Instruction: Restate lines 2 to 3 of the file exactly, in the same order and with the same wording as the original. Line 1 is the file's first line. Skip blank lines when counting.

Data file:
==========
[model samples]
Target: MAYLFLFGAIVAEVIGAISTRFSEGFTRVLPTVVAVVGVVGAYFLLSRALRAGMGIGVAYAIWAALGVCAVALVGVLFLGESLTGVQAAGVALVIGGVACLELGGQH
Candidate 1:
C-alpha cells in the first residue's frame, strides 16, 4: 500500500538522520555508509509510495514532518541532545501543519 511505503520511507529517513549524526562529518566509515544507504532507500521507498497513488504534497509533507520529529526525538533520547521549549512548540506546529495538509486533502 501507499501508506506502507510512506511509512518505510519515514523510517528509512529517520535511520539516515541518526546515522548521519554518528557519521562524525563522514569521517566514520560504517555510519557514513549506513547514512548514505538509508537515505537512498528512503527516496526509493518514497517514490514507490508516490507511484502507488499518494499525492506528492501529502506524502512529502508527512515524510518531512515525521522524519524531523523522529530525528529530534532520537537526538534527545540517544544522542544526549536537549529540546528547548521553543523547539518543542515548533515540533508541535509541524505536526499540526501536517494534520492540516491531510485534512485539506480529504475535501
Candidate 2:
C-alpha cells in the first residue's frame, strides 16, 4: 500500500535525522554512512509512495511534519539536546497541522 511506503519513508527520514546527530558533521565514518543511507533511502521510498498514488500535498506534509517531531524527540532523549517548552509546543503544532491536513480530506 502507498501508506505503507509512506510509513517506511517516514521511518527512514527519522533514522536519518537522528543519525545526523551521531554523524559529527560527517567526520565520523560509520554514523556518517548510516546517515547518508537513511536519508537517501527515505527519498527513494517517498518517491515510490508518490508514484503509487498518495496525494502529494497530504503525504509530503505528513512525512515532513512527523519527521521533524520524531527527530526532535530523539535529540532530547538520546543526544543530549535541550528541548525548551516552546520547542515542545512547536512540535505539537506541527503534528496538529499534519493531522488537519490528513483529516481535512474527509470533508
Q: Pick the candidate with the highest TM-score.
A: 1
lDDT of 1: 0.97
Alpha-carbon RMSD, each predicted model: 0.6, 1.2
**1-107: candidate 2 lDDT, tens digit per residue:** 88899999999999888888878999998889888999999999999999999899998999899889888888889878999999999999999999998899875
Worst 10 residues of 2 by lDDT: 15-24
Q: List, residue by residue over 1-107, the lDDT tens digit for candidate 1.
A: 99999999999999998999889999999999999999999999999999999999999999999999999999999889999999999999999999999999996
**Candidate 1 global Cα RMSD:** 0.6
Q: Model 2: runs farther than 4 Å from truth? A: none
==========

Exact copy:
Target: MAYLFLFGAIVAEVIGAISTRFSEGFTRVLPTVVAVVGVVGAYFLLSRALRAGMGIGVAYAIWAALGVCAVALVGVLFLGESLTGVQAAGVALVIGGVACLELGGQH
Candidate 1: